Proponents of legalizing prostitution seem to be clueless. Most prostitutes are not freelancing sole-practitioners, but drug-addicts who are controlled by a pimp. Too many others–including children–are held captive by human-traffickers as sex-slaves. If prostitution were legalized things would not get better for prostitutes or sex-slaves, but it sure would make life easier for pimps and slavers. And tell, if it were legalized, how would you go about explaining to your daughter or son that prostitution is not an honorable profession?

    Reply this comment
    • Vespasian
      Vespasian 11 April, 2016, 17:09

      It seems to me that you’re the clueless one. “Most prostitutes…” may be true or not [debatable and likely area-dependent], but there certainly are many that are drug/disease/pimp-free & do so willingly; what right does the gov’t have to restrict or “protect” them simply because others aren’t? You assume a great many negatives if prostitution were legalized (and surely regulated and taxed, like alcohol is); where is your evidence it would be so? I think it’s highly likely that johns would prefer pimp-free (legal) providers so as not to get caught up in dirty dealings / sex-slave situations, and conditions would improve for willing practitioners and unwilling ones would lose market share and fold up shop. As for explaining to youngsters about “honorable professions”, how is that any different from currently having to explain about [legal] exotic dancing? Also, who decides what is “honorable” in professions, and why should that matter in deciding what is legal or not? IMHO, I view prostitutes as more honorable than bankers and politicians; maybe we ought look to outlaw them!!

      Reply this comment
      • Robert Curtis
        Robert Curtis 11 April, 2016, 21:22

        Personally I think Prostitution is a vile operation, but IF (big “IF”) the right controls are in place to protect the prostitute and the public by way of physicals and autonemy (freedom to practice) what business is it of our? Sex crimes will probably go down and the income of the working girls will stimulate the economy and relieve many of the frustrations we currently have in society as a whole. Just keep it clean. Now, the same happens without ANY controls, education and safe guards. Which is more dangerous?

        Reply this comment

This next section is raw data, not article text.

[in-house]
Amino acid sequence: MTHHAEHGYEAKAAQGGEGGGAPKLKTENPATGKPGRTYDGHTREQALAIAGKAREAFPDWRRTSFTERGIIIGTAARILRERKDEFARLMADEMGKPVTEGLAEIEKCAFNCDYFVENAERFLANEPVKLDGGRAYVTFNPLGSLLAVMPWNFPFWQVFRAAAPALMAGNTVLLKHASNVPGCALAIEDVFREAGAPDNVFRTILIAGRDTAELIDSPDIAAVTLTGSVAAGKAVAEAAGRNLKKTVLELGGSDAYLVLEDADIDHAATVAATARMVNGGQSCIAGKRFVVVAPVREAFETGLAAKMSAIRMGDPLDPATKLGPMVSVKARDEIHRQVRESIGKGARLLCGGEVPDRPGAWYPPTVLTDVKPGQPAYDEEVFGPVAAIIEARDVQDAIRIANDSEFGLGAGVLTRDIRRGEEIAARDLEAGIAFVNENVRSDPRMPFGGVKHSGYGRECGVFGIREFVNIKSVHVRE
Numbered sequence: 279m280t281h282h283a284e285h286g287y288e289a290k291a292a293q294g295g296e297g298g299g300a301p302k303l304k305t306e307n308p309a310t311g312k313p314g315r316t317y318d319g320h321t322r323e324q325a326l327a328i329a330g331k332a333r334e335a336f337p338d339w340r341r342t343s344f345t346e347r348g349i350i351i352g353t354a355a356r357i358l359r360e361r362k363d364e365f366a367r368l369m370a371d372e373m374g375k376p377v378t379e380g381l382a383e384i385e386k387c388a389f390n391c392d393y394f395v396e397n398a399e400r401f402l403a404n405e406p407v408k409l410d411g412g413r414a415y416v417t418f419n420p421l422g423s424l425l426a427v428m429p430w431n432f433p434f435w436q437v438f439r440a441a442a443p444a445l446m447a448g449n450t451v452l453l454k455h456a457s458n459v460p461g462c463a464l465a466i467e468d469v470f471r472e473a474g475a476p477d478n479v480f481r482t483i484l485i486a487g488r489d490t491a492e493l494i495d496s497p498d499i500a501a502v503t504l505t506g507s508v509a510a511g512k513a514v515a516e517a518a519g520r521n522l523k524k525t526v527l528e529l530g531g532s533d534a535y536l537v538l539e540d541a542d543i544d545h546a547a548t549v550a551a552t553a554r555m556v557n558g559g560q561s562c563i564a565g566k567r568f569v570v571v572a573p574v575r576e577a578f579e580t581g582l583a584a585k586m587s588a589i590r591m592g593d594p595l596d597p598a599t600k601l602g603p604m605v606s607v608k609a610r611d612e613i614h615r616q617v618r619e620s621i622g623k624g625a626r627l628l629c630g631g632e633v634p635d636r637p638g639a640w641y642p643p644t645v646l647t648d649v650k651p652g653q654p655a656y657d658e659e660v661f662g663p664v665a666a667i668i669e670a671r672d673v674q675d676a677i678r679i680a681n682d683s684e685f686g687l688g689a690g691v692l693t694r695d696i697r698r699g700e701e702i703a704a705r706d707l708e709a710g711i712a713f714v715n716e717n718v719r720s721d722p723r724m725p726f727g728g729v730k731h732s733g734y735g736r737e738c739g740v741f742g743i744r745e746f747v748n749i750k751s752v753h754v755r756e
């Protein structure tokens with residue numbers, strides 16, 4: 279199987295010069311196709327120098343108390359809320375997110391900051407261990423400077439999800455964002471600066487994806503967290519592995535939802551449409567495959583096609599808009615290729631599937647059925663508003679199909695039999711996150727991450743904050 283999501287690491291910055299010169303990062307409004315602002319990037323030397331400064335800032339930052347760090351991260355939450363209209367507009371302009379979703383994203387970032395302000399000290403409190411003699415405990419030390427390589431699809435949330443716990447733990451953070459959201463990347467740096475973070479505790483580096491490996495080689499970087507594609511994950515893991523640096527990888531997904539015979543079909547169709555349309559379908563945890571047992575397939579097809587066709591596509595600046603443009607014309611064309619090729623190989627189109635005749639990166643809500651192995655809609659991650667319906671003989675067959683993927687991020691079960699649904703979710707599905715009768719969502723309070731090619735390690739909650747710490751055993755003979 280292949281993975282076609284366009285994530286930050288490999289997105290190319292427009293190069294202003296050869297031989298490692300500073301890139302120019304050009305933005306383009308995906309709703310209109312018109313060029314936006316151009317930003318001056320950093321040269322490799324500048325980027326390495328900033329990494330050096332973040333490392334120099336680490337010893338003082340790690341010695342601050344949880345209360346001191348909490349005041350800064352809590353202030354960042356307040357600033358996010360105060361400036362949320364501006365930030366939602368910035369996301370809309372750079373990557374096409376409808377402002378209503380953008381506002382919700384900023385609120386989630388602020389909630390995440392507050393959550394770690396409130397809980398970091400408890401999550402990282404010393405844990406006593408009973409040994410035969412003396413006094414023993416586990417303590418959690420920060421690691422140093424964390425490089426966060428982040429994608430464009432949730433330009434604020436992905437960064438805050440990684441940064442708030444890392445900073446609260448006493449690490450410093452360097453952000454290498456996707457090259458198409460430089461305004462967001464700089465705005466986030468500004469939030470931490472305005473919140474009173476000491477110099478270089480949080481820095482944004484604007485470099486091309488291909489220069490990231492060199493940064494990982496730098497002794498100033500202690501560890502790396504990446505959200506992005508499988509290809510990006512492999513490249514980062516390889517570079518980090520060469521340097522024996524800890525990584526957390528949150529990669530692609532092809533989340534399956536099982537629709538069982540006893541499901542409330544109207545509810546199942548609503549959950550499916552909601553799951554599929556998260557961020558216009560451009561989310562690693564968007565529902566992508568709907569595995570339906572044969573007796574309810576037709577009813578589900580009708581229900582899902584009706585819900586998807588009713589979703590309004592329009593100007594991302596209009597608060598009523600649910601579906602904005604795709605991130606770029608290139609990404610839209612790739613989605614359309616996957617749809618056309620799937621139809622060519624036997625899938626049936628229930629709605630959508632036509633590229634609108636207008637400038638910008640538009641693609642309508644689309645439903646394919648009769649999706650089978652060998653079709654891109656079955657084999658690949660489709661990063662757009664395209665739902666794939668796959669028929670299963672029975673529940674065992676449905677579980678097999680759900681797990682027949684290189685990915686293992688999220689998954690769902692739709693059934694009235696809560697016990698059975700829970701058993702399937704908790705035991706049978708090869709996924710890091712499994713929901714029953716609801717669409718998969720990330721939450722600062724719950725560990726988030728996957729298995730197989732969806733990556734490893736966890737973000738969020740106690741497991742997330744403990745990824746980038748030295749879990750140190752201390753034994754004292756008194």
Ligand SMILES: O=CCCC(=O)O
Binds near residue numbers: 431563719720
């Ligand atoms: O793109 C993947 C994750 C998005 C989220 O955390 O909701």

• Standing Fast
          Standing Fast 18 April, 2016, 12:21

          If I thought there was a good way to frame a bad law, I would say so. But, if there was, we wouldn’t be having all the trouble in the world we are having now. A long time ago, I signed onto the ancient tradition that says there is a Higher Law that governs the Universe to which we are all held accountable, regardless of race, religion, creed, color, sex, nationality, zip code, dietary habits or preferred mode of transportation. I’m afraid the outcome of failure to learn from the wisdom of those who have gone before us isn’t up to me. I had to learn the hard way that the Hippie Philosophy is not the road to Happiness. Nor is it anything new. Peace.

          Reply this comment
    • Veronica Monet
      Veronica Monet 12 April, 2016, 00:16

      Prostitution IS an honorable profession and it IS legal in Nevada. And it IS decriminalized in New Zealand. And New Hampshire introduced legislation proposing to decriminalize prostitution at the beginning of this year. And Amnesty International has recommended that ALL nations decriminalize prostitution. Maybe you should learn more about the topic before you comment.

      Reply this comment
  2. Spurwing Plover
    Spurwing Plover 11 April, 2016, 18:52

    This is sure to get them from NOWW(nATIONAL ORGANIZATION ofr WICKED WITICHES someones going to get turned into a toadiefrog

    Reply this comment
  3. bob
    bob 11 April, 2016, 21:43

    Judge rejects legalizing prostitution in CA

    Does this mean the state assembly, senate and moon beam’s office has just been outlawed?

    Reply this comment
    • ricky65
      ricky65 12 April, 2016, 09:43

      Sorry, bob- The state’s politicians remain exempt from prostitution laws even though they continue to whore themselves out to the PE labor unions, slip and fall lawyers, tech oligarchs and radical greens in return for entirely owning their wretched,souless bodies.